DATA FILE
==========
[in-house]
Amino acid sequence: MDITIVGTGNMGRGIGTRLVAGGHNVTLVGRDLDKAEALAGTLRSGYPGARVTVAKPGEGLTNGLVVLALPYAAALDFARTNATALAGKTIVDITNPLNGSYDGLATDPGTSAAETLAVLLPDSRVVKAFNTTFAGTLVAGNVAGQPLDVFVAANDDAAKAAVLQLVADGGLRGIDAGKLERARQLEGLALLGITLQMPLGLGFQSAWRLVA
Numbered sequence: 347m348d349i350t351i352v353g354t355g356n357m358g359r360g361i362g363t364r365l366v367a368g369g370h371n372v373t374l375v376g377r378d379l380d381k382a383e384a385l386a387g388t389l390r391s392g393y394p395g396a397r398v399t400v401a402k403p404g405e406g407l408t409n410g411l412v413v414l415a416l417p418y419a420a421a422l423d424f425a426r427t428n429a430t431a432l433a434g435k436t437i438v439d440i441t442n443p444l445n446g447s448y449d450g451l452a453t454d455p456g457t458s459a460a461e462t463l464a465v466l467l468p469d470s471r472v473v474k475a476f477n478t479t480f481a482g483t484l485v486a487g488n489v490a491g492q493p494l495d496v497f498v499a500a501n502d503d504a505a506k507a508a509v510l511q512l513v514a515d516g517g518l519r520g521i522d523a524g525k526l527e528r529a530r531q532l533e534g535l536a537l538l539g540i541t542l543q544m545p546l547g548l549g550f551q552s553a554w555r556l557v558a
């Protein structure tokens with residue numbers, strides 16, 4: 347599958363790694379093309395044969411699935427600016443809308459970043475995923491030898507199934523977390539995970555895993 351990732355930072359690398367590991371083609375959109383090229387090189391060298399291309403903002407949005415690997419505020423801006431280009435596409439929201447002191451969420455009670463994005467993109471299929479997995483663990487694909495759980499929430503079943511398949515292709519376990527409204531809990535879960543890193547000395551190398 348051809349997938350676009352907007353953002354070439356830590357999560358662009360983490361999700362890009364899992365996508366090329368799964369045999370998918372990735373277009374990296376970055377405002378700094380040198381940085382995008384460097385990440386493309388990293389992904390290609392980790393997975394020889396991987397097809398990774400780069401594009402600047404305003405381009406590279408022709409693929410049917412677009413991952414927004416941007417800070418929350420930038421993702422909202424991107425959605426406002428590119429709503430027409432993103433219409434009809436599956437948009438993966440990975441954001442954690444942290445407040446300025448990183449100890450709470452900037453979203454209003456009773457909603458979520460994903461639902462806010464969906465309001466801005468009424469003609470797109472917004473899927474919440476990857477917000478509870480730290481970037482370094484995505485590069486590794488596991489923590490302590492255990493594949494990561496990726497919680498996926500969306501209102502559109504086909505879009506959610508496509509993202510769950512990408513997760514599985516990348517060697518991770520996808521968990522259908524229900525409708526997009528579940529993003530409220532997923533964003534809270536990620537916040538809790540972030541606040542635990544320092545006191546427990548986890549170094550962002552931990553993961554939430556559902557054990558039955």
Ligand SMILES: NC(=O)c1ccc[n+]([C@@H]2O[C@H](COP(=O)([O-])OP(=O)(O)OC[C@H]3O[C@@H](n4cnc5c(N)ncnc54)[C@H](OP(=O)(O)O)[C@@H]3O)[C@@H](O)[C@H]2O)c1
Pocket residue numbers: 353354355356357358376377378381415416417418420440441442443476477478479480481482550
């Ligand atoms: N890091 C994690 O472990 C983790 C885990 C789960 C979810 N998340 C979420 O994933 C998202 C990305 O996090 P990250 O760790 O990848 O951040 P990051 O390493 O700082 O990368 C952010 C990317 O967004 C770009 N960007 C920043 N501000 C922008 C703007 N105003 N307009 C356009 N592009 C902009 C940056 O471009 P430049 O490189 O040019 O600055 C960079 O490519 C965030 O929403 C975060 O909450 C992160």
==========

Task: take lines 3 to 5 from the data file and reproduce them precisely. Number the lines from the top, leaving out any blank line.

Numbered sequence: 347m348d349i350t351i352v353g354t355g356n357m358g359r360g361i362g363t364r365l366v367a368g369g370h371n372v373t374l375v376g377r378d379l380d381k382a383e384a385l386a387g388t389l390r391s392g393y394p395g396a397r398v399t400v401a402k403p404g405e406g407l408t409n410g411l412v413v414l415a416l417p418y419a420a421a422l423d424f425a426r427t428n429a430t431a432l433a434g435k436t437i438v439d440i441t442n443p444l445n446g447s448y449d450g451l452a453t454d455p456g457t458s459a460a461e462t463l464a465v466l467l468p469d470s471r472v473v474k475a476f477n478t479t480f481a482g483t484l485v486a487g488n489v490a491g492q493p494l495d496v497f498v499a500a501n502d503d504a505a506k507a508a509v510l511q512l513v514a515d516g517g518l519r520g521i522d523a524g525k526l527e528r529a530r531q532l533e534g535l536a537l538l539g540i541t542l543q544m545p546l547g548l549g550f551q552s553a554w555r556l557v558a
């Protein structure tokens with residue numbers, strides 16, 4: 347599958363790694379093309395044969411699935427600016443809308459970043475995923491030898507199934523977390539995970555895993 351990732355930072359690398367590991371083609375959109383090229387090189391060298399291309403903002407949005415690997419505020423801006431280009435596409439929201447002191451969420455009670463994005467993109471299929479997995483663990487694909495759980499929430503079943511398949515292709519376990527409204531809990535879960543890193547000395551190398 348051809349997938350676009352907007353953002354070439356830590357999560358662009360983490361999700362890009364899992365996508366090329368799964369045999370998918372990735373277009374990296376970055377405002378700094380040198381940085382995008384460097385990440386493309388990293389992904390290609392980790393997975394020889396991987397097809398990774400780069401594009402600047404305003405381009406590279408022709409693929410049917412677009413991952414927004416941007417800070418929350420930038421993702422909202424991107425959605426406002428590119429709503430027409432993103433219409434009809436599956437948009438993966440990975441954001442954690444942290445407040446300025448990183449100890450709470452900037453979203454209003456009773457909603458979520460994903461639902462806010464969906465309001466801005468009424469003609470797109472917004473899927474919440476990857477917000478509870480730290481970037482370094484995505485590069486590794488596991489923590490302590492255990493594949494990561496990726497919680498996926500969306501209102502559109504086909505879009506959610508496509509993202510769950512990408513997760514599985516990348517060697518991770520996808521968990522259908524229900525409708526997009528579940529993003530409220532997923533964003534809270536990620537916040538809790540972030541606040542635990544320092545006191546427990548986890549170094550962002552931990553993961554939430556559902557054990558039955």
Ligand SMILES: NC(=O)c1ccc[n+]([C@@H]2O[C@H](COP(=O)([O-])OP(=O)(O)OC[C@H]3O[C@@H](n4cnc5c(N)ncnc54)[C@H](OP(=O)(O)O)[C@@H]3O)[C@@H](O)[C@H]2O)c1